Wednesday, September 19, 2007

Luke Akehurst: Thinks the National Policy Forum is Great

Luke has (see last post) vented a pile of steaming doo doos about Labour Party democracy. Have commented at length over there.


Tim Swift said...

It seems sad to me that this issue has generated such heat (although I accept that Luke's post was deliberately provocative) when most people seem to accept that neither the NPF process nor contemporary resolutions are working particularly well.

Whatever your views on the specific contemporary resolution issue, Gordon Brown did not just propose changing these but published a package of suggested changes to the policy forum process which IF IMPLEMENTED would in my view strengthen and improve it.

Incidentally, how many of the CLPs that criticise the policy forum process actually ever try to make any meaningful contribution?

And how democractic is a CLP contemporary resolution that is probably passed by half a dozen people at the end of a meeting?

Chris Paul said...

I tend to agree Tim. To a point anyway. The platform's treatment of resolutions down the years has been utterly disgraceful. And many CLP GCs do work very hard to (a) draft sensible resolutions - be they on or off message and (b) send in stuff to NPFs and other consultations.

Manchester Central certainly did. I once Chaired a GC where we spent about 75 minutes taking recommendations from five comrades/colleagues that had been tasked with reviewing some final stage consultations.

Most had summarised the document in one or two pages and made recommendations. They spoke to this for a few minutes. there was discussion and the GC agreed their recommendations or something else to be submitted.

I don't think any of this mischieviously or stupidly timed to coincide with election activity was taken on board and according to the Peter Wheeler anecdote it may not have even been read.

So five comrades, chosen for expertise or intereste in an area, spend a couple of hours reading and a couple of hours writing up; delegates spend time discussing what has been gleaned and what could be improved; and then ... nothing.

Luke's childish barbs are almost bound to piss people off. Unlike Peter he has no "realism" button it's mostly just "my party right or wrong".

This is why IMO he is seeing his erstwhile NOLS comrades becoming ministers while he struggles to get on shortlists. He simply enjoys winding up, witch hunting, internal strife development, ya boo nonsense more than seeing other people's point of view and agreeing things democratically.

He sees a democratic defecit and he doesn't give a monkey's as long as it's rubber stamping his line.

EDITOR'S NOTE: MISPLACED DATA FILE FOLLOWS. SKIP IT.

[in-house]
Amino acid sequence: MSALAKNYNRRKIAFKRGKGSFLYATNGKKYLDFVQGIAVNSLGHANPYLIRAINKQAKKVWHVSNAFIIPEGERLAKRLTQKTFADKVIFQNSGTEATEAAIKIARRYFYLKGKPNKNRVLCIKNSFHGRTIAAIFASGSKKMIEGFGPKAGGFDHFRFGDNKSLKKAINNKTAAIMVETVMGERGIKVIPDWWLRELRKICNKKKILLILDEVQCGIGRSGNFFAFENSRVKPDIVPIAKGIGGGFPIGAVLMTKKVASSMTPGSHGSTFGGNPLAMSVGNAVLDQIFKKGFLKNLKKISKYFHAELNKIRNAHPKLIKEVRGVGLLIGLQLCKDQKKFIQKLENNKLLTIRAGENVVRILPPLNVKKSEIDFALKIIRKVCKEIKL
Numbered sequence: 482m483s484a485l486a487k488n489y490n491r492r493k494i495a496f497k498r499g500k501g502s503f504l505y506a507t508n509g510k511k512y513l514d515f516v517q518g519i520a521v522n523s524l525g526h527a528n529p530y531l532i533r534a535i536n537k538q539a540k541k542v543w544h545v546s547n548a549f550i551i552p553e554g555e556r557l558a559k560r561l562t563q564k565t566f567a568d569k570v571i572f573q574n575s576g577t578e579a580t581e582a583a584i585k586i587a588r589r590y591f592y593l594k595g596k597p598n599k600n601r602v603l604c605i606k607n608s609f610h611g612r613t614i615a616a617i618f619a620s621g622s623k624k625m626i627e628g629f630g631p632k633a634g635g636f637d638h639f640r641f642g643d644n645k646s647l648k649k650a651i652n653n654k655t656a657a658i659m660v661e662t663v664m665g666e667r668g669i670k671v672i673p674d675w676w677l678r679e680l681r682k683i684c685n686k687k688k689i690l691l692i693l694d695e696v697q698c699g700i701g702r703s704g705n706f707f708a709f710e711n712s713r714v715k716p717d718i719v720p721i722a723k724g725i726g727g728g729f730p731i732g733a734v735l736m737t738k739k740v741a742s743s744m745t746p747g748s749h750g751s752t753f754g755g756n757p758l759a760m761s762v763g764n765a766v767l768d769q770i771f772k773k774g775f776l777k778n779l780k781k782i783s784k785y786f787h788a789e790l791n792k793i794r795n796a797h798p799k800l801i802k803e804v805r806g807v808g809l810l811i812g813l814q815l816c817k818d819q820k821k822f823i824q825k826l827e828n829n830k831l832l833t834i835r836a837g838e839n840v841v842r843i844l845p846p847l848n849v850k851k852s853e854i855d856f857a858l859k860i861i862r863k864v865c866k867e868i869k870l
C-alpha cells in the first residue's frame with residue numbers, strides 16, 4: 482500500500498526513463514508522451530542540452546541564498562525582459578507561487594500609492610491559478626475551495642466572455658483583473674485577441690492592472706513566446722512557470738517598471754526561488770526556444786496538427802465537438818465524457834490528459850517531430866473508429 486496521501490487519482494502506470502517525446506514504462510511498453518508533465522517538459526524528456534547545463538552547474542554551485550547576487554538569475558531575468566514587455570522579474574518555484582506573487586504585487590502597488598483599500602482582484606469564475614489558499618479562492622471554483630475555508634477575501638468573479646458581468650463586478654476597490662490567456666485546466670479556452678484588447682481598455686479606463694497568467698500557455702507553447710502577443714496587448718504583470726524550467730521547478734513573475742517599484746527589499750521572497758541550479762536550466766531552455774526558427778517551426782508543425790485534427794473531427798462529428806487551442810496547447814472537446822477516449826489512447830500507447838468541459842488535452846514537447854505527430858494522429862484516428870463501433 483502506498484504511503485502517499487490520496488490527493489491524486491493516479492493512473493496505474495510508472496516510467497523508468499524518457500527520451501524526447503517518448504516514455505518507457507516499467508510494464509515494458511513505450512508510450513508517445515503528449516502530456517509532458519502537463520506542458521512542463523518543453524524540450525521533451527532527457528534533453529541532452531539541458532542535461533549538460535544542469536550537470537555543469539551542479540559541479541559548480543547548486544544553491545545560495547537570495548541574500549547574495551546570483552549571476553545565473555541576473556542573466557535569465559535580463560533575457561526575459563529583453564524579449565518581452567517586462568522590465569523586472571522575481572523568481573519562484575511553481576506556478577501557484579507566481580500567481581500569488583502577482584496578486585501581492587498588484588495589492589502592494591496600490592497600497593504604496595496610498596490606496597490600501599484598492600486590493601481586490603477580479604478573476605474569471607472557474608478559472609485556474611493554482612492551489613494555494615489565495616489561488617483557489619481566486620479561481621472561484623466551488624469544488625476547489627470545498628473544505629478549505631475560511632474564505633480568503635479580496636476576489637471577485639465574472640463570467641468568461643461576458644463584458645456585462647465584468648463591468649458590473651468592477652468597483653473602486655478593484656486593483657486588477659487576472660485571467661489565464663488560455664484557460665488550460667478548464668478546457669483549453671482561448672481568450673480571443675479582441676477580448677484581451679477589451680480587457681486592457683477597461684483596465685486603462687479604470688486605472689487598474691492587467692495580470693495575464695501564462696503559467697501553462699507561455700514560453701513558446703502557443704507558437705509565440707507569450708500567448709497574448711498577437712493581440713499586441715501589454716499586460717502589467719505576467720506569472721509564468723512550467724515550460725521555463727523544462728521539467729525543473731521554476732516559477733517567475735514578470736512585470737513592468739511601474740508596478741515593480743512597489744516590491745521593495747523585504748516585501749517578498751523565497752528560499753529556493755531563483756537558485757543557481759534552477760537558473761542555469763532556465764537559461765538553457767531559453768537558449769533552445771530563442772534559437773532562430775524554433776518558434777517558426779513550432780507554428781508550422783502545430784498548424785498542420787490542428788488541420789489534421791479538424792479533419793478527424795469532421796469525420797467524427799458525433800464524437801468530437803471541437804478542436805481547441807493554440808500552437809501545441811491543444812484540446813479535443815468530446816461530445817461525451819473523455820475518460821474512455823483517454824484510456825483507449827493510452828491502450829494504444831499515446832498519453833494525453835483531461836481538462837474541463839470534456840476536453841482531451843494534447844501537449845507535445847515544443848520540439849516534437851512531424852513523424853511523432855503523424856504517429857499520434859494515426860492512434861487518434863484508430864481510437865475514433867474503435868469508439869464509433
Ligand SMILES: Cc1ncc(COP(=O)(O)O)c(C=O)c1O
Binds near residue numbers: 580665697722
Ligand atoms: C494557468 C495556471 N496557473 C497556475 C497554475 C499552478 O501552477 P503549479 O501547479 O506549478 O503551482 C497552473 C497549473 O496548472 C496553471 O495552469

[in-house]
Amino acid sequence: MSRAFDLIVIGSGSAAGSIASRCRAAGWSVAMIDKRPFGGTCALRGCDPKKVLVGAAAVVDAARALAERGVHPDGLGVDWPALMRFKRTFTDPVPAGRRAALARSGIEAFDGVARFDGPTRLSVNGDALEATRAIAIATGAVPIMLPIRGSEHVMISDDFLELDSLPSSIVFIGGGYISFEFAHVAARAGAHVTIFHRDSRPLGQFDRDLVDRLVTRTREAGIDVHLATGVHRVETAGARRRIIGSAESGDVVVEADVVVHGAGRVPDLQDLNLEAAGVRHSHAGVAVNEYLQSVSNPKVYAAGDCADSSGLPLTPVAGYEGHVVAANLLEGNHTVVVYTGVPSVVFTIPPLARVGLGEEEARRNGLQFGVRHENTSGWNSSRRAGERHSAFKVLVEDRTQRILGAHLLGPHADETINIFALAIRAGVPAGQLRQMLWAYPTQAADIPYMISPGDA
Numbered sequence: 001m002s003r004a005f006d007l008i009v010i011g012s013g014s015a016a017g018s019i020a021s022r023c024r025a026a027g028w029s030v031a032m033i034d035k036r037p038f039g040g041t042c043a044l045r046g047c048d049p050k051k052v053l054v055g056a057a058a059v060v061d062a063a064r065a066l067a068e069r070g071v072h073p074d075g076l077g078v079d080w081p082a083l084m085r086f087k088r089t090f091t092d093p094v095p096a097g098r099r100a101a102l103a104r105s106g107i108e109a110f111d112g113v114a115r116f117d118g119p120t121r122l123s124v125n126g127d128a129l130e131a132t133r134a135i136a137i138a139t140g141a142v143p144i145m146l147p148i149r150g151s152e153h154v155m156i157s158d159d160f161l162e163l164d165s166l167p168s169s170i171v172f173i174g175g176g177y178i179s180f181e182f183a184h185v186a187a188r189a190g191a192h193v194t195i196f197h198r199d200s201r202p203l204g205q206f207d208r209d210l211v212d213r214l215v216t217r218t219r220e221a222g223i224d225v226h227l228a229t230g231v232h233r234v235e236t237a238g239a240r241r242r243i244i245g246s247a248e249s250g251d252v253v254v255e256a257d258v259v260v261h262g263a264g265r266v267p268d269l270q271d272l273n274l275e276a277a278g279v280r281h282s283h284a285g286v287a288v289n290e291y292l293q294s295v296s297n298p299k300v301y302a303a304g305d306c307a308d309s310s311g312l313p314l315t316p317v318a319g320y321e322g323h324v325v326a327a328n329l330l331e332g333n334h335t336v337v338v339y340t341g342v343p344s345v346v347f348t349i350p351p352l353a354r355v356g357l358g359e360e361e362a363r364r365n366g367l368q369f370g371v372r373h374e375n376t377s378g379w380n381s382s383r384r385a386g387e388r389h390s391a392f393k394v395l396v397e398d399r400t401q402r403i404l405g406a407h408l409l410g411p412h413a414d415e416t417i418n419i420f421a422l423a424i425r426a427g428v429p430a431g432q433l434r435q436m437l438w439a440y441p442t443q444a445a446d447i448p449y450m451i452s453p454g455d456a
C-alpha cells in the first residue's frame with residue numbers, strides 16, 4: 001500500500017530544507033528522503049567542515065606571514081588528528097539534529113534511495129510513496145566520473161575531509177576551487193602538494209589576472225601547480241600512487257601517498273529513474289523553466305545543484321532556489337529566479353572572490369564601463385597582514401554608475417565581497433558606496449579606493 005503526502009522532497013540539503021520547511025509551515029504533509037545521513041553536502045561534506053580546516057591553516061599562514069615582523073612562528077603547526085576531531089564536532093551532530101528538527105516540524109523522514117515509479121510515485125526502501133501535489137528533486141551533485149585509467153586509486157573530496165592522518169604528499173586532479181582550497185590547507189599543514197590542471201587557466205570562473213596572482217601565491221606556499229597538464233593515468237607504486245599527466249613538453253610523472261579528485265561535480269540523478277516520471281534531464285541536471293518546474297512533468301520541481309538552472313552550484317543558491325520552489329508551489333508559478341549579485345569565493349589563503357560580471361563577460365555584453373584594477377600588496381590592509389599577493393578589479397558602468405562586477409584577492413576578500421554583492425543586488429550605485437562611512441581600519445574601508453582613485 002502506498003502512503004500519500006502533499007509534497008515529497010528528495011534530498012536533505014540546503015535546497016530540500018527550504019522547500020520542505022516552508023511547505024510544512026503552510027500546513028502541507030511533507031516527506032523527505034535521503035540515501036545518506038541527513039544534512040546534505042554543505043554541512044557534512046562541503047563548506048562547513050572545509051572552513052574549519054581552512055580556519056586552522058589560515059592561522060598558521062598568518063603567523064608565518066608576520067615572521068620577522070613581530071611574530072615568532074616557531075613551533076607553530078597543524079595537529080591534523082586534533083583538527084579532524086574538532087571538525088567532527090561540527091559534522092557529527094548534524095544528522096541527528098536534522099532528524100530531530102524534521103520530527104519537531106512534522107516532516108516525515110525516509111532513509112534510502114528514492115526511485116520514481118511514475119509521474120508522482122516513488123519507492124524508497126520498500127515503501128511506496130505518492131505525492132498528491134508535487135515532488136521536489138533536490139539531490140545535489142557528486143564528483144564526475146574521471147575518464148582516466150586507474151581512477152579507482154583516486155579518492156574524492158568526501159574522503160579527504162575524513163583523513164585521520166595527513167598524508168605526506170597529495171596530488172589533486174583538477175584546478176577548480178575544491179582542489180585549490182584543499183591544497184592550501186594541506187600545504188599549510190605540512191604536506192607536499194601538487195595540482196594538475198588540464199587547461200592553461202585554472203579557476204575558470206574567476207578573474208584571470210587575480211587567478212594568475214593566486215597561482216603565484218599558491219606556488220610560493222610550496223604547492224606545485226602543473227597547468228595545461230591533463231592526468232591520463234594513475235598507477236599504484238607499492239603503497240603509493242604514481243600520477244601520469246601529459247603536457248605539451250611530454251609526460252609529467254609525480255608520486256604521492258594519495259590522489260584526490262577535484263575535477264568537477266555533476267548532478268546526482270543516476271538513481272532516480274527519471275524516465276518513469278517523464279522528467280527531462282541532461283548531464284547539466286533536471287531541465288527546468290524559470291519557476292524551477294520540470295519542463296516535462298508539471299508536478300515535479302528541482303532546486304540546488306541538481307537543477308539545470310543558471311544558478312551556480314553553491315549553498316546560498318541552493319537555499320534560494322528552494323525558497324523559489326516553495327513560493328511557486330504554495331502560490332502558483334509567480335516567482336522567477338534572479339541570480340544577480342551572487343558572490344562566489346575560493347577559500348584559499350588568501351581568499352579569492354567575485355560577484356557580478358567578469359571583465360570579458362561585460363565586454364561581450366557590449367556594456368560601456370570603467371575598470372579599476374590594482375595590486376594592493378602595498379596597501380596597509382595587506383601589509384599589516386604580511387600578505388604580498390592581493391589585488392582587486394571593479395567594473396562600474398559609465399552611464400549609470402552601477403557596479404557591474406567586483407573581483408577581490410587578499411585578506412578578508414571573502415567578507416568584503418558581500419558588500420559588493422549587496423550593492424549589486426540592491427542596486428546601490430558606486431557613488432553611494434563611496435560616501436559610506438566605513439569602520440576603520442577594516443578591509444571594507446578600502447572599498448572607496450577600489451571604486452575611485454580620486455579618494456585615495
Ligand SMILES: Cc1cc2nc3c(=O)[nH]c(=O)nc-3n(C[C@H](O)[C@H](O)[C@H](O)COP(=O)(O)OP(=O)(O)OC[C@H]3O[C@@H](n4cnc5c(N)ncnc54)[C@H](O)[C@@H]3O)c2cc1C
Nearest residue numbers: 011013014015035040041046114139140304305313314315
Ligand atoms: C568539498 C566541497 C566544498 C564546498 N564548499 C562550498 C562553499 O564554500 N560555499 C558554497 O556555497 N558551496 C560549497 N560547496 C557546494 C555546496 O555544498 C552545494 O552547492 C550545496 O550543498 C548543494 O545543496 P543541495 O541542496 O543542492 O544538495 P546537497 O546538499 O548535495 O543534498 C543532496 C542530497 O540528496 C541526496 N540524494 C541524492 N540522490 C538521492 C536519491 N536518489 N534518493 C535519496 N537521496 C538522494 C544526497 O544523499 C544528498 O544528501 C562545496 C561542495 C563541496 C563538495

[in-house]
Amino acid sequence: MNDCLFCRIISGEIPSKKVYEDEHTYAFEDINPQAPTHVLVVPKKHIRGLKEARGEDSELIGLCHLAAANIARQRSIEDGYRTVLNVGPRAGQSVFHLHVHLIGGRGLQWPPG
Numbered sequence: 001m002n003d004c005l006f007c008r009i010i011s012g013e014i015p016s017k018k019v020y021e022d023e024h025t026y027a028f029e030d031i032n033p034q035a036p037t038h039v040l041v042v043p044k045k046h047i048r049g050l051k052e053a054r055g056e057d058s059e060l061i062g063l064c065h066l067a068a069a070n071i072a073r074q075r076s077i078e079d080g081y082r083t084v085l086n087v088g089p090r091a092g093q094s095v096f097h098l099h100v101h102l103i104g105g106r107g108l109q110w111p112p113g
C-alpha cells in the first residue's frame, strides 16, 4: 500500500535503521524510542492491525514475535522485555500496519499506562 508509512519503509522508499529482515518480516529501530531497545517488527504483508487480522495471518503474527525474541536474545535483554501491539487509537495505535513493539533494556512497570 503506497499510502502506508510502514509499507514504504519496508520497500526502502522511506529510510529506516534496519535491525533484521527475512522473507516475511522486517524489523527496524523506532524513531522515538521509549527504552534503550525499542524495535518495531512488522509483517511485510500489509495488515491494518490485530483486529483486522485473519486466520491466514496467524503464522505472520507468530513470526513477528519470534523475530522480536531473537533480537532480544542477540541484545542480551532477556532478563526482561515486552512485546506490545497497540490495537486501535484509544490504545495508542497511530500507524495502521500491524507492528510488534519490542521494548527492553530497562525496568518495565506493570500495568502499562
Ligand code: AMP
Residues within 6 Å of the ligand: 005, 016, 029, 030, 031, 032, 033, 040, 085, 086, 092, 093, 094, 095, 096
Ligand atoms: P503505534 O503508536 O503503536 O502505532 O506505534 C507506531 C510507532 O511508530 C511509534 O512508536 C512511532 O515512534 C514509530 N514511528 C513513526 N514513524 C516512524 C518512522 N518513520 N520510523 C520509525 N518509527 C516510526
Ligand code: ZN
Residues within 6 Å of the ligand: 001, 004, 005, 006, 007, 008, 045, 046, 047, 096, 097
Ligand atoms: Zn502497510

Luke Akehurst said...

Luke has (see last post) vented a pile of steaming doo doos about Labour Party democracy.

Get real, you little dickhead. We talk about democratic control to satisfy the little people. If you take that seriously you are more stupid than I thought. Why is the Party now run by lawyers, PR consultants and what Guido like to refer to as Sith? So we can tell the truth? Pull the other leg. If you want democracy, you're in the wrong party mate.

grimupnorth said...

If half a dozen people are at a meeting and vote for a resolution, what's undemocratic about it? It's not the weight of numbers that's the problem,it's the lack of meaningful representation. Tim, you know full well that CLPs in your neck of ther woods HAVE spent ages discussing PiP documents ( some years ago granted before we realised just how pointless it was) and getting together submissions. What happens to them? According to good comrades peters Willsman and Wheeler, didlly squat. Ignored and binned mainly. Not all brown's document is bad - but just ditching votes at conference and reimitting back ti an already discredited NPF just isn't the answer. Why can't we just have contemporary issues on the agenda, contemporary debates wuth all views represented, and contemporary votes in good grace with no stitch-ups

Chris Paul said...

Probably there would need to be closed sessions for the party to be really happy with full and frank exchanges of views. And to be fair there are often short sessions each morning that fit that description where ministers get beaten up by angry hotheads. Trouble is this may be gruelling for 10 minutes or so. But it's just venting.

I can understand why the powers that be worry about having open and slightly out of control debates on telly. I really can. But I think that free exchanges of views could be effective in winning friends in the electorate. Which is why I got up and wearily suggested a reference back on the last morning in Brighton 05 so that Walter could be given a speech from the platform.

That would I think have completely overturned the negatives from his unfortunate expulsion.

Anonymous said...

Guess that "Luke" is going to suggest a party for good internal democracy? The SWP? The BNP? The RAF? The TWA?